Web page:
You may have heard. In the UK the FCA are moving in on the ‘kick the can down the road’ world of Buy Now Pay Later easy credit (eg Klarna, Clearpay and the rest).

I’ve been getting under the skin of consumers in this area for a few months, but if you don’t know BNPL, these are products that account for hundreds of millions of pounds of unregulated lending across Europe and the UK. In many cases the debt is owed by younger people who don’t realise they have entered a binding legal agreement, and plenty of whom are running into trouble.


The BNPLs argue they don’t do credit, they do payments. But if it quacks like a duck and looks like a duck, then I think we can deduce, Watson, then it’s having fun in puddles.

The BNPL credit providers (let’s call them credit providers and have done with it) have been eye-wateringly successful in their exploitation of a loophole in the Consumer Credit Act that lets them offer unregulated credit to millions in the UK. On the back of this Klarna have become one of the first Unicorns in Europe after only a couple of years in business.


It would be nice to be able to paint the BNPL-regulator-resistance as Robin Hoods, distributing funds to the unfunded and defying a dinosaur industry — and in a way this is true (see later) but in so many important ways it isn’t. There are a lot of regulated credit providers in the UK that play nicely, and the problem with unregulated lenders who don’t is there is not much (apart from willpower) protecting consumers from the many rather well organised operations who are keen to encourage you to buy something, well actually anything, whether you can afford to or not.

‘Unregulated’ btw means nobody checks affordability, repayments or reports defaulting so the industry remains blind to this and can’t identify people getting into trouble or warn others.

THE SPOONFUL OF HONEY IN A PIT OF TAR (an apposite Russian saying)

Undoubtedly the BNPLs have been successful because they have met customer needs that traditional providers have ignored. In doing so they’ve brought change to an industry that needed to look hard at itself and how it does what it does. For instance, in explaining what they are asking customers to agree to, many traditional providers just provide *impenetrable to the consumer* Ts&Cs, rather than trying to reach for the FCA’s intention of actual understanding.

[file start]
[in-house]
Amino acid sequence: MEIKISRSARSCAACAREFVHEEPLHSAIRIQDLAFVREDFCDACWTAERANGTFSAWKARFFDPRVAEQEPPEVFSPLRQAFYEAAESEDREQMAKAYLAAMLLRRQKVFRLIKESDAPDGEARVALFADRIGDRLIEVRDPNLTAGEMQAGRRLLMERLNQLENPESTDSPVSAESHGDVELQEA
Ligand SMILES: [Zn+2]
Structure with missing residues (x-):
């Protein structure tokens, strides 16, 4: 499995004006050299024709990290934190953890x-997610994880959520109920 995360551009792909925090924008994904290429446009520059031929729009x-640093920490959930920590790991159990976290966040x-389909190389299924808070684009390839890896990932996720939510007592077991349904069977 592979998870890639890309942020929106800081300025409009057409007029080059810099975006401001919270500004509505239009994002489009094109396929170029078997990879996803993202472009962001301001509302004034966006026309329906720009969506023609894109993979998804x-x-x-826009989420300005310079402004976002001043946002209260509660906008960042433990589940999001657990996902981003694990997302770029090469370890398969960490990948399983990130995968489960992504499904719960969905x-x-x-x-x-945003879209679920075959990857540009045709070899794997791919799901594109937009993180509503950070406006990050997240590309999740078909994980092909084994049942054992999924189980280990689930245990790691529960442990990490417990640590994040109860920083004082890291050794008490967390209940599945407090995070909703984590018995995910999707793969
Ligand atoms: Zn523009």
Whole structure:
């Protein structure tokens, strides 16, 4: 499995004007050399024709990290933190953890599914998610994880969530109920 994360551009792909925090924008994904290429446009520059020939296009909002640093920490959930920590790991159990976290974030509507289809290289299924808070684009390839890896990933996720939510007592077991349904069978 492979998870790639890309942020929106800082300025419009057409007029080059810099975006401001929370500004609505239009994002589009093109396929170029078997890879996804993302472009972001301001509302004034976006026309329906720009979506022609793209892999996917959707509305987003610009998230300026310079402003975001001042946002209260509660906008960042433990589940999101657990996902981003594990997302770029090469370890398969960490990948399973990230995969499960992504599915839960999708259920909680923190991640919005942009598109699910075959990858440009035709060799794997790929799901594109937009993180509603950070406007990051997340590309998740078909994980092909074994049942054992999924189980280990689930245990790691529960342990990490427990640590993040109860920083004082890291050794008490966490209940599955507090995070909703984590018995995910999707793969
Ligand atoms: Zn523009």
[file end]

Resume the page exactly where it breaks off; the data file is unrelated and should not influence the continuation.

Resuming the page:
From a consumer experience perspective, the BNPLs provide simple, uncluttered and seamless credit journeys with headline grabbing zero percent interest rates (the retailer pays the piper). But they are so slick many consumers don’t realise they are entering a legal agreement and in the world of financial services that’s not a great thing. In fact, it’s flashing light and klaxon time.

Borrowing from Klarna has been described to me as more like borrowing from a friend than a bank and that’s a double-edged sword. The person who told me this also said they thought Klarna would behave like a friend if they got into difficulty. But I’m pretty sure it wouldn’t feel quite like that.

Retailers also have had needs that are better met by BNPL and other than an uptick in sales, the BNPLs have made it really easy for retailers to integrate credit into their check out processes.

What Now ?

The BNPLs have so much market share they are probably too big to fail. In essence they have made the retailer pay them to move the risk of credit to the consumer and if this fails, to society. But they have been rumbled and hopefully before this becomes a societal, not just a business problem.

We are about to experience some tough economic times and it’s important the BNPLs are prevented from further invisible, unaccountable lending. I’m optimistic this will happen and that in the longer term BNPL disruption will mean the credit industry changes for the better as retailers offer responsible credit to consumers who are informed about what they are getting into. I also believe it’s the responsibility of lenders to give borrowers the flexibility to better controls and manage their borrowing and navigate changes in their fortunes — because a change in fortune is coming to many.